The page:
Nolan's letter included a draft amendment to the agreement with new deadlines for the upgrade projects and penalties for late performance. If an amendment wasn't signed within 28 days, Pets in Need would consider all available remedies including filing a lawsuit, the May letter said.
Mollica said that city leaders assured Pets in Need that the renovations and construction of the new kennels would be given top priority.
"In reliance on your assurances, PIN elected not to pursue the amendment or file a formal notice of breach of contract but to continue working with the city to expedite these vitally important projects," Mollica wrote. "In point of fact, in spite of those assurances and the continuing entreaties of PIN staff, the city has not even begun the actual renovations. In addition, your officials have informed us that there are no longer adequate funds to construct a new kennel house, which was clearly understood to be the centerpiece capital improvement project when we negotiated the contract with the city."
The condition of the kennels has meant they weren't safe for dogs and remained empty, Pets in Need said in a separate statement posted on the organization's website. It said it didn't make the decision lightly, but "made it out of deep consideration of our ability to effectively carry out our mission and serve the animals and communities in our care. Unfortunately, our relationship the past three years has been marked by the city's inability to fulfill agreements that have materially affected the manner in which Pets In Need could care for our animals at the Palo Alto shelter," the statement said.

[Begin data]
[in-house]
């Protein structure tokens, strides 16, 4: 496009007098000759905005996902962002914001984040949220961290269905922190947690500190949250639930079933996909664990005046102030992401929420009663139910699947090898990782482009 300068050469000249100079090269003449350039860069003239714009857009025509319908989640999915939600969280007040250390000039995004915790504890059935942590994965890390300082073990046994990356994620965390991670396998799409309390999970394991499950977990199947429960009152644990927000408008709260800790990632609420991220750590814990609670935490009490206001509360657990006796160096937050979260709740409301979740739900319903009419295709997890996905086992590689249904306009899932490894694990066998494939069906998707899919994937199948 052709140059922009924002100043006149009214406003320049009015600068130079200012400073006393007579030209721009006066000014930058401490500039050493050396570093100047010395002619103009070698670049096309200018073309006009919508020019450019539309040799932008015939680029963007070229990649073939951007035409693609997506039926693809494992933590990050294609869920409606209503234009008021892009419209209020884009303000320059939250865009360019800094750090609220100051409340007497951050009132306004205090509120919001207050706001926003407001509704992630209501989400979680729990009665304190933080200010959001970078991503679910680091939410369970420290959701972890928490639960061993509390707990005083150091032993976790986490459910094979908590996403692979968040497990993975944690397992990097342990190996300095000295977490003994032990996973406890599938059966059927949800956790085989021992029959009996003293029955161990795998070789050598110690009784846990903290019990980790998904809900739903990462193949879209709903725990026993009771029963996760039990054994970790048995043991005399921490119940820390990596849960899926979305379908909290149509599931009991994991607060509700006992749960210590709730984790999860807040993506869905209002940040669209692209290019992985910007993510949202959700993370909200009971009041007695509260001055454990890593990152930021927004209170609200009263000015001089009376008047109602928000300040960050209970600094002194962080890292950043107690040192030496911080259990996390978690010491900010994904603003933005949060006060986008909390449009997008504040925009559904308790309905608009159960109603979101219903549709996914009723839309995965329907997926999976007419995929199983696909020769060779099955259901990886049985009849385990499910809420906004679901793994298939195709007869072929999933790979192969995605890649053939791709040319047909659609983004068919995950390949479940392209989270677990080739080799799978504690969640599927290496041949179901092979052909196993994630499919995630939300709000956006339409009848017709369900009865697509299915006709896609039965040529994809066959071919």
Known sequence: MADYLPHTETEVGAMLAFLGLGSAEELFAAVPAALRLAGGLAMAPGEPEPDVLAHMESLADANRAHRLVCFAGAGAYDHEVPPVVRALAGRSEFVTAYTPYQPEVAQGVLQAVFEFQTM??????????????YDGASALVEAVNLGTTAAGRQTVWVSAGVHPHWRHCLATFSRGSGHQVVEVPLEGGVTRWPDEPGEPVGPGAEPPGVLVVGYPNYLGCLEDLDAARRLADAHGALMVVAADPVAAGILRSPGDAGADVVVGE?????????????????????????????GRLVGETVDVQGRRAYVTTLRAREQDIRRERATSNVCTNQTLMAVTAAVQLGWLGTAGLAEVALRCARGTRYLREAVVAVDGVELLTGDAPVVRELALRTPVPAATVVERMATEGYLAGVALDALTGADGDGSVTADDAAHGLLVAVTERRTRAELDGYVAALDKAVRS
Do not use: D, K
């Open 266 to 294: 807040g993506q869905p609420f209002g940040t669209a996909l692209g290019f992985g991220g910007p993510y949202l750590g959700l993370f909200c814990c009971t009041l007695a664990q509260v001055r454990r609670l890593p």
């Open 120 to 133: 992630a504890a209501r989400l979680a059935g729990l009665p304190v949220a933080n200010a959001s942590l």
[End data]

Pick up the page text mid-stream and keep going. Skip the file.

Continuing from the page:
"Pets In Need has worked tirelessly to fulfill our responsibilities under the contract during the past three years, and we have repeatedly notified the city of its deficiencies with respect to this contract," the statement said.
Pets In Need also operates its flagship shelter in Redwood City in addition to Palo Alto's. It listed some of its accomplishments despite the facility deficiencies it has experienced, it said.
The organization launched an emergency assistance program for animals and people impacted financially by the COVID-19 pandemic, distributing more than $750,000 in aid for the care of nearly 750 pets and their guardians; placed 1,040 animals in foster homes during the pandemic; increased adoptions and expanded services to pets and their guardians throughout the region. It saved the lives of almost 600 large-breed dogs that were at risk of being euthanized and conducted free and low-cost vaccine clinics in East Palo Alto and at the Palo Alto shelter, it said.